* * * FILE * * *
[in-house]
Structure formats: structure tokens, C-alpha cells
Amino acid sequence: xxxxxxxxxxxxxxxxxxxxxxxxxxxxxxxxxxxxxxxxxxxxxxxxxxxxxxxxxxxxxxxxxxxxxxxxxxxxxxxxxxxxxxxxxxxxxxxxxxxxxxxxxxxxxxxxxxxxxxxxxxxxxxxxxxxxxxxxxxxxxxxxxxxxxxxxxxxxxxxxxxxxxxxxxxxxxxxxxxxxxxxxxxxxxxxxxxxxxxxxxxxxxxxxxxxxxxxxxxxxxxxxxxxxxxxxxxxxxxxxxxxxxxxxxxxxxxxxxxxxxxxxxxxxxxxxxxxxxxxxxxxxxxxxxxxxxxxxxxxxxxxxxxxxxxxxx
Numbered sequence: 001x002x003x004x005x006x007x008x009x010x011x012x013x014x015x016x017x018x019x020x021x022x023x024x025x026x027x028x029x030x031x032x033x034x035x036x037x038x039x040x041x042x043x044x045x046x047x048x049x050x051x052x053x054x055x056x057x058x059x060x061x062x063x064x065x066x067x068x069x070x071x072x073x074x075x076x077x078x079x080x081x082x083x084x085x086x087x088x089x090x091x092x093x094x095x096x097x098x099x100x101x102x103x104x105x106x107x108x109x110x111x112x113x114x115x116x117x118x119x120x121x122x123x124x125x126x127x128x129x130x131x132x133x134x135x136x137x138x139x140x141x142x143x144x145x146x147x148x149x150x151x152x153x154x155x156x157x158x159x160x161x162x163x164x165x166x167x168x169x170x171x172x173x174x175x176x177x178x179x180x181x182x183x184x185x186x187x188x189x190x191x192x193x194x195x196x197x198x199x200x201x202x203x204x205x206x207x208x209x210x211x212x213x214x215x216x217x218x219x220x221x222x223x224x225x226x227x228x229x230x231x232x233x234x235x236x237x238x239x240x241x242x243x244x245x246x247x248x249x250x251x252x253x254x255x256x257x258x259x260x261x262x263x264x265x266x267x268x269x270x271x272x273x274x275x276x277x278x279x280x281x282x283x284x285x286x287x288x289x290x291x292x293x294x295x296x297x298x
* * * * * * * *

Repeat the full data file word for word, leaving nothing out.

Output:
[in-house]
Structure formats: structure tokens, C-alpha cells
Amino acid sequence: xxxxxxxxxxxxxxxxxxxxxxxxxxxxxxxxxxxxxxxxxxxxxxxxxxxxxxxxxxxxxxxxxxxxxxxxxxxxxxxxxxxxxxxxxxxxxxxxxxxxxxxxxxxxxxxxxxxxxxxxxxxxxxxxxxxxxxxxxxxxxxxxxxxxxxxxxxxxxxxxxxxxxxxxxxxxxxxxxxxxxxxxxxxxxxxxxxxxxxxxxxxxxxxxxxxxxxxxxxxxxxxxxxxxxxxxxxxxxxxxxxxxxxxxxxxxxxxxxxxxxxxxxxxxxxxxxxxxxxxxxxxxxxxxxxxxxxxxxxxxxxxxxxxxxxxxx
Numbered sequence: 001x002x003x004x005x006x007x008x009x010x011x012x013x014x015x016x017x018x019x020x021x022x023x024x025x026x027x028x029x030x031x032x033x034x035x036x037x038x039x040x041x042x043x044x045x046x047x048x049x050x051x052x053x054x055x056x057x058x059x060x061x062x063x064x065x066x067x068x069x070x071x072x073x074x075x076x077x078x079x080x081x082x083x084x085x086x087x088x089x090x091x092x093x094x095x096x097x098x099x100x101x102x103x104x105x106x107x108x109x110x111x112x113x114x115x116x117x118x119x120x121x122x123x124x125x126x127x128x129x130x131x132x133x134x135x136x137x138x139x140x141x142x143x144x145x146x147x148x149x150x151x152x153x154x155x156x157x158x159x160x161x162x163x164x165x166x167x168x169x170x171x172x173x174x175x176x177x178x179x180x181x182x183x184x185x186x187x188x189x190x191x192x193x194x195x196x197x198x199x200x201x202x203x204x205x206x207x208x209x210x211x212x213x214x215x216x217x218x219x220x221x222x223x224x225x226x227x228x229x230x231x232x233x234x235x236x237x238x239x240x241x242x243x244x245x246x247x248x249x250x251x252x253x254x255x256x257x258x259x260x261x262x263x264x265x266x267x268x269x270x271x272x273x274x275x276x277x278x279x280x281x282x283x284x285x286x287x288x289x290x291x292x293x294x295x296x297x298x